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It Looks So Easy, It Must Be Cheap!
"Why should I buy expensive art when I can make my own?"
Many clients' only experience with photography is that magical click of the camera. Heck, it's so easy anybody can do it. So why are you charging so much?
The value of our work lies not in the fraction of a second that it takes to record an image but in the value that the client is getting from it. For example, a large-circulation magazine might charge more than $100,000 for a full-page ad. A smaller publication might charge only a fraction of that, but it's still going to be in the thousands of dollars. Since the magazine itself puts a high valuation on its pages, it makes sense that you do the same with the images that you're supplying to fill those pages.
Photographer Andrew Buchanan compares licensing images with renting a movie on a DVD. "If I get that movie for a limited time of a few days or weeks from the local video store, Netflix, or wherever, I pay a set fee of a few dollars to watch as many times as I want within a certain time period, then I return the copy. If I want to check it out again, I pay again. Or, I can pay a higher fee of $10–$20 and own a copy of the DVD. I can watch as much as I want and never return it, but I pay a higher fee for greater convenience and opportunity to enjoy it — greater benefit to me, the end client, means a higher fee for the creator. Finally, another option is I can pay a set fee of a few dollars to watch it on my pay-per-view cable box. The fee is the same as for a physical copy of the DVD and I can watch as many times as I want, but only within a 24 hour period after which I no longer have access to it. In that scenario, I'm paying for the ultra-convenience of not even leaving my house in order to choose or return my movie, but the trade-off is a relatively expensive per-viewing cost compared to the other two methods. Again, greater benefit to me in the form of convenience means a higher per-viewing fee charged by the creator."
• Rodale's Men's Health magazine for being open to negotiating reasonable terms in their otherwise awful boilerplate contract. Remember, a proposed contract is supposed to be a starting point, not a take-it-or-leave-it situation.
• No Bad, but there's plenty of Ugly.
• The outfit looking for a party photographer in the D.C. area for $25 a night. It costs me more than that just to start my car.
• Essential Realm Publishing: "At this time Essential Realm Publishing is unable to pay out to contributing Photographers. But the contributing Photographers who are willing to grow with us right now while we're still a small growing company, will be taking (sic) care of really well when the profits roll in, in the near future." Yeah, right.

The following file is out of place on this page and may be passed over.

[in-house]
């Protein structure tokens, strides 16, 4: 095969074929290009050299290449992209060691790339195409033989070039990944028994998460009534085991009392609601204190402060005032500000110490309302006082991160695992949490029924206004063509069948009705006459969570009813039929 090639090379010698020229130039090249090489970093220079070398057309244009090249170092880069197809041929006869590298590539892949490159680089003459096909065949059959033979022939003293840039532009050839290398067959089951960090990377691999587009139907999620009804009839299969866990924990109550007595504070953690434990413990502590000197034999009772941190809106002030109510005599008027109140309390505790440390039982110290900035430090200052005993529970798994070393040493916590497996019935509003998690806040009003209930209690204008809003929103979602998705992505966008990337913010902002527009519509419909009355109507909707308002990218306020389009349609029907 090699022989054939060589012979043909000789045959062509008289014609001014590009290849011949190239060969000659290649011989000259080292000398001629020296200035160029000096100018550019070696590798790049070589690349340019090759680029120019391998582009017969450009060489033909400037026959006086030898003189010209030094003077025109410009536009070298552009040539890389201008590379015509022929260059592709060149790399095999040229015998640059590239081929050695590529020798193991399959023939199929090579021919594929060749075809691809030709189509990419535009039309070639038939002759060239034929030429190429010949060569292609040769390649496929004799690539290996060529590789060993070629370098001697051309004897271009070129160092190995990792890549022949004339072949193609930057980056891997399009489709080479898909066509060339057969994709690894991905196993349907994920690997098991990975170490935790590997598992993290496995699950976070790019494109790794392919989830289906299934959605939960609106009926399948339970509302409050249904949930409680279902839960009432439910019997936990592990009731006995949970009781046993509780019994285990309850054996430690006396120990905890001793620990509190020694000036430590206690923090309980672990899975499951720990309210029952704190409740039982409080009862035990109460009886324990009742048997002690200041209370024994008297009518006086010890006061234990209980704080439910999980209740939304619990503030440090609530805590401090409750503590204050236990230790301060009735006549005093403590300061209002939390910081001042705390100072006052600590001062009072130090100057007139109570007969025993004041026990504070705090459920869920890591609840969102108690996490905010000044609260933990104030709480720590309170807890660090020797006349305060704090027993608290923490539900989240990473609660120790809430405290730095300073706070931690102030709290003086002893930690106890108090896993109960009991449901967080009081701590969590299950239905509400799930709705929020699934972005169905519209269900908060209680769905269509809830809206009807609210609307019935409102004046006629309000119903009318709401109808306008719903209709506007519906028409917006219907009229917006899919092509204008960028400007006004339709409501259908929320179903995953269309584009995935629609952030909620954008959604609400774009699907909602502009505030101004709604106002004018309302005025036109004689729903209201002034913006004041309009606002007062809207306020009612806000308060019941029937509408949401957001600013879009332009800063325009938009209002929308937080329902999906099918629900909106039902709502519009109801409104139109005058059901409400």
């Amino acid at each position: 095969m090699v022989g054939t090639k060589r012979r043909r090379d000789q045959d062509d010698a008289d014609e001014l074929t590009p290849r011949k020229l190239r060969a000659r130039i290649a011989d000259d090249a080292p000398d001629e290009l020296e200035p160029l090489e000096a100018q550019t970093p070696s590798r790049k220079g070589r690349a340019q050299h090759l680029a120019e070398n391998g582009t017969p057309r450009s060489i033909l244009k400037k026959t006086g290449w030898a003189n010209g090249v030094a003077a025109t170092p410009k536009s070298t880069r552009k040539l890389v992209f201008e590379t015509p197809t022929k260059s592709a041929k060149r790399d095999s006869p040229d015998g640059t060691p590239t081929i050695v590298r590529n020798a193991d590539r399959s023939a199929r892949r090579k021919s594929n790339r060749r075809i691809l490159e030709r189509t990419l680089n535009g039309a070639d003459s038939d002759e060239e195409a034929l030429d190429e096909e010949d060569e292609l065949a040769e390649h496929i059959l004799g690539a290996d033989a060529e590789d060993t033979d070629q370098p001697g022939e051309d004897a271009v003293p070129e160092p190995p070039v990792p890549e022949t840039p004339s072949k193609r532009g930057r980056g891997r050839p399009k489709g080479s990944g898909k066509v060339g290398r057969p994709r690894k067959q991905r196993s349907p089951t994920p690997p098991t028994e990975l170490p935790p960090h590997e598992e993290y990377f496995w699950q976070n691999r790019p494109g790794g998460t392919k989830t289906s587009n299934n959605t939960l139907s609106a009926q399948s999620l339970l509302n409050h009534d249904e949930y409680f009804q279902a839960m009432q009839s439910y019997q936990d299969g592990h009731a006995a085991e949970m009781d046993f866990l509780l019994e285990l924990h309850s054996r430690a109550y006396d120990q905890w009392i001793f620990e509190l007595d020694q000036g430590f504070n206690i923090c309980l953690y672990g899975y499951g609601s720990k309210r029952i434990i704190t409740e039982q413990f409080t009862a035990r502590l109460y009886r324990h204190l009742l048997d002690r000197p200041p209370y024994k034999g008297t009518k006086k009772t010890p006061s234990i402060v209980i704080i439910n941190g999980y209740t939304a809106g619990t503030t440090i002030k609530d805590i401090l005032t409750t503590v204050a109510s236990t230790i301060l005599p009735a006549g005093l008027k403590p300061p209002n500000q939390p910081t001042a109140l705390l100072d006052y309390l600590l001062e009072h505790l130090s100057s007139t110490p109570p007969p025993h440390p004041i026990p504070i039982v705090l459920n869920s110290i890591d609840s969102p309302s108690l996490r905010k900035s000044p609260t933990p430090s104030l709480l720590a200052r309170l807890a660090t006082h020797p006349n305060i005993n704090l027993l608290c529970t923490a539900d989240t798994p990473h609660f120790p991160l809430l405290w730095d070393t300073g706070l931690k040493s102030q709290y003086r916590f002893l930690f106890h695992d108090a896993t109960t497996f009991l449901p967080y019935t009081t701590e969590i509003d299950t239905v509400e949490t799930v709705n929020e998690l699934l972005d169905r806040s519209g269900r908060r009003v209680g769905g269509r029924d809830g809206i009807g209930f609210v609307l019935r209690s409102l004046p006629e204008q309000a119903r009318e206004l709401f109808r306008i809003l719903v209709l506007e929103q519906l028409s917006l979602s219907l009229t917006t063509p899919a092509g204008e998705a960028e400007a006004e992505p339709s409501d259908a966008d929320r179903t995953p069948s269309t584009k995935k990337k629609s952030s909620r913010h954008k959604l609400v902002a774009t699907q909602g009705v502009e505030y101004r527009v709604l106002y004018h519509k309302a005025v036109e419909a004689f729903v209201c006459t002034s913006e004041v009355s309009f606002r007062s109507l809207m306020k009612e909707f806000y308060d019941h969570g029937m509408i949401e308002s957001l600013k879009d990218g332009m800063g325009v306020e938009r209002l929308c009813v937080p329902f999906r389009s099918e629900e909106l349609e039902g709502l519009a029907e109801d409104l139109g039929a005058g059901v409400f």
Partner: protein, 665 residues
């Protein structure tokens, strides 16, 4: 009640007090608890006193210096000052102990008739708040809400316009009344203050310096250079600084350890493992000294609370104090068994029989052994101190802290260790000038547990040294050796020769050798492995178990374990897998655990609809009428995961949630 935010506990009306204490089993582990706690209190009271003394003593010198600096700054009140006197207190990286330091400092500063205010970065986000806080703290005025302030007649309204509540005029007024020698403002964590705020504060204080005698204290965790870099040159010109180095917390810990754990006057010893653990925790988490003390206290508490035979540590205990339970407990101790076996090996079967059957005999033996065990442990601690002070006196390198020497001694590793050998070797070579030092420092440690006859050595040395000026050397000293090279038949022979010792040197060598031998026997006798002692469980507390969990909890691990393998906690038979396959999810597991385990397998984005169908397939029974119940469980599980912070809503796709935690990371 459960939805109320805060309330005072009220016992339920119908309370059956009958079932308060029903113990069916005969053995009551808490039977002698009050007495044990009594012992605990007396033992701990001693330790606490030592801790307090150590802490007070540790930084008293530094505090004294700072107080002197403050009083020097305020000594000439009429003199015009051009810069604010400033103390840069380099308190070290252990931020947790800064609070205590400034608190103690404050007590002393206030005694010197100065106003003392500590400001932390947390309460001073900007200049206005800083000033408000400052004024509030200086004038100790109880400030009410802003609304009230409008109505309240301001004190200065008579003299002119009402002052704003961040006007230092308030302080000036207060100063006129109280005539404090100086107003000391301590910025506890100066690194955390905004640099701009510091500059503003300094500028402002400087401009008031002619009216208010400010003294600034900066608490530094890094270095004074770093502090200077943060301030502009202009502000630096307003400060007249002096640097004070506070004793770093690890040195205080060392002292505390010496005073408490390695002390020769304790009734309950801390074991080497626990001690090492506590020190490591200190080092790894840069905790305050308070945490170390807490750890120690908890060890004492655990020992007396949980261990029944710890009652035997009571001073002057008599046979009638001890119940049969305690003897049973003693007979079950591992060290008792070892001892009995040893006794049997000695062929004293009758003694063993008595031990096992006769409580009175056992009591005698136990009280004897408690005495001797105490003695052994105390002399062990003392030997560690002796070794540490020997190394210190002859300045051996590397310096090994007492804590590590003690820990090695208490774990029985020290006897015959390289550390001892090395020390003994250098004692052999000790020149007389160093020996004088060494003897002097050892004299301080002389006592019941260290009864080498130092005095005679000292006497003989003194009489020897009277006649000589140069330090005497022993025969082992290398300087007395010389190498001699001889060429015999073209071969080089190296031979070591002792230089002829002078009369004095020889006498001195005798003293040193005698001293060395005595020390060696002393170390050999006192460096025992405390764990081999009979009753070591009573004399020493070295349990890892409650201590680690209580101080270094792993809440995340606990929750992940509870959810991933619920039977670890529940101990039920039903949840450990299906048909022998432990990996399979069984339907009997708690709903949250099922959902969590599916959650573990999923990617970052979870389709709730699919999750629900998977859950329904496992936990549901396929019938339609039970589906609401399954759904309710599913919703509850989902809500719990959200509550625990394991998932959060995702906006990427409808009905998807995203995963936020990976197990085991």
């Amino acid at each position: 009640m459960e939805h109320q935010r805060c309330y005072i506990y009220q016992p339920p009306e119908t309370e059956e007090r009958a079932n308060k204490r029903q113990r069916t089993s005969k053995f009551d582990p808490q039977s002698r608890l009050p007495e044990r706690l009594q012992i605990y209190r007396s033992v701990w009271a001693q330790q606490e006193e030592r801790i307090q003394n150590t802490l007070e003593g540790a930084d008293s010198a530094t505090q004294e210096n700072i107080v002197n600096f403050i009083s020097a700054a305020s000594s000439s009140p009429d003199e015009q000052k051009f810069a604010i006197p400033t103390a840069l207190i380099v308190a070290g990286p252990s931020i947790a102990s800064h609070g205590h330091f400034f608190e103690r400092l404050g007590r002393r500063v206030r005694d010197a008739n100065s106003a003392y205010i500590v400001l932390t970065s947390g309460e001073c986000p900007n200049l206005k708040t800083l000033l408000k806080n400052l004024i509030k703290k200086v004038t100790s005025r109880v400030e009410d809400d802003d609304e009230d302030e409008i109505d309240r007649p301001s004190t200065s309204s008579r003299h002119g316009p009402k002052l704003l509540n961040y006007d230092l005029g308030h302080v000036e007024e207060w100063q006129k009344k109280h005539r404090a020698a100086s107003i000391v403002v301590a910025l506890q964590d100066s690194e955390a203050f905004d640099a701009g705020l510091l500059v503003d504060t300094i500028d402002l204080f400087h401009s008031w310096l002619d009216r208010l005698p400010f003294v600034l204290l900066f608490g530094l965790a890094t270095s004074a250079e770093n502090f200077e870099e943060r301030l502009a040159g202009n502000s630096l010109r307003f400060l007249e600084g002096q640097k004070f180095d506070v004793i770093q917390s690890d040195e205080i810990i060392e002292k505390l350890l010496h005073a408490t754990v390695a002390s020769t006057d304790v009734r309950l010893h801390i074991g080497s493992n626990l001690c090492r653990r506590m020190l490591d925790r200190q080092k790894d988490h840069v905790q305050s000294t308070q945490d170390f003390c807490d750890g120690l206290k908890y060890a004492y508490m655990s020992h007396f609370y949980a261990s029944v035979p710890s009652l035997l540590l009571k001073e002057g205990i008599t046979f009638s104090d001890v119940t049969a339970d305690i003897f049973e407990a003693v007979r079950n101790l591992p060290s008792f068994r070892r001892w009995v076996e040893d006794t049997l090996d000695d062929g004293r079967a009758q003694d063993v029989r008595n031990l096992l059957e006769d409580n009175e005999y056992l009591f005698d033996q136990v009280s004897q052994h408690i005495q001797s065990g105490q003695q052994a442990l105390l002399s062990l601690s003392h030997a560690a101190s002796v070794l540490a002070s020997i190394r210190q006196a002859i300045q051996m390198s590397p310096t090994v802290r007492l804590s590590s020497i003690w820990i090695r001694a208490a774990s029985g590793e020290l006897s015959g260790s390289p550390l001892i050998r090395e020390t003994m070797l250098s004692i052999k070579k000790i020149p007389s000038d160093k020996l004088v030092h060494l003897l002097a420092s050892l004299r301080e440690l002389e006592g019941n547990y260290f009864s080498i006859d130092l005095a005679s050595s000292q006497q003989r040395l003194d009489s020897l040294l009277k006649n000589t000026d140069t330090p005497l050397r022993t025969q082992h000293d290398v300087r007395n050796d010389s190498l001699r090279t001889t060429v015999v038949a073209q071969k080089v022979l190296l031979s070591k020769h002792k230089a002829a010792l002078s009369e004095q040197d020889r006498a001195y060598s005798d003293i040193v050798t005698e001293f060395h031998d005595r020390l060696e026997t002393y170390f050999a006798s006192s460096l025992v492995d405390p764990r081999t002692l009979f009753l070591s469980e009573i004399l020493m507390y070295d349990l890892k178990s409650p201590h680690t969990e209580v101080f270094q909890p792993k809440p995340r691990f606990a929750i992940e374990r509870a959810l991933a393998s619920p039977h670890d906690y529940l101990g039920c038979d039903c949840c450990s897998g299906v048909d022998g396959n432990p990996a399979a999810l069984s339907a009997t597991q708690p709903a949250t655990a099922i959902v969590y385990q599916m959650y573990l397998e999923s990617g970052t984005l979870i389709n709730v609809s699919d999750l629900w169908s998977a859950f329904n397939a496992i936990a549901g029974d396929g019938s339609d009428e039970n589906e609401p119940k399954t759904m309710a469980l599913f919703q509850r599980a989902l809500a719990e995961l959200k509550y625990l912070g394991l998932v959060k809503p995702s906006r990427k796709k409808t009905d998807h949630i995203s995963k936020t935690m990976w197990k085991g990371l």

• CirclePix, a virtual tour real-estate company is looking for photographers who possess, among other things, "the ability to cover the minimal start-up cost." That's right, they want you to pay them before you even start shooting.
• The newspaper staff photographer who accepted $60 per game in exchange for all rights to shoot for a Colorado semi-pro hockey team. He may be looking at it as gravy on top of his staff job, but no staff job is safe and it's pretty tough to live on $60 a day.
Please let me know of any particularly good, bad or ugly dealings that you have had with clients recently. I will use the client's name, but I won't use your name if you don't want me to. Anonymous submissions will not be considered. Please include contact information for yourself and for the client.
• Stepping into editorial freelancing without a solid grounding in the business side can be a career killer. Knowing what and how to charge and, more importantly, when to say no, enhances your chances of success and avoids some nasty financial surprises. From a (recently) former freelancer: "...all I can say is that after looking at the NPPA cost of doing business worksheet I lost the drive to go out and do any more jobs. Ignorance is bliss and it was fun while it lasted. I just don't feel like subsidizing a company that is bigger than me." If this person had pursued the right clients and rejected bad deals, he might still be shooting.
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© Mark Loundy
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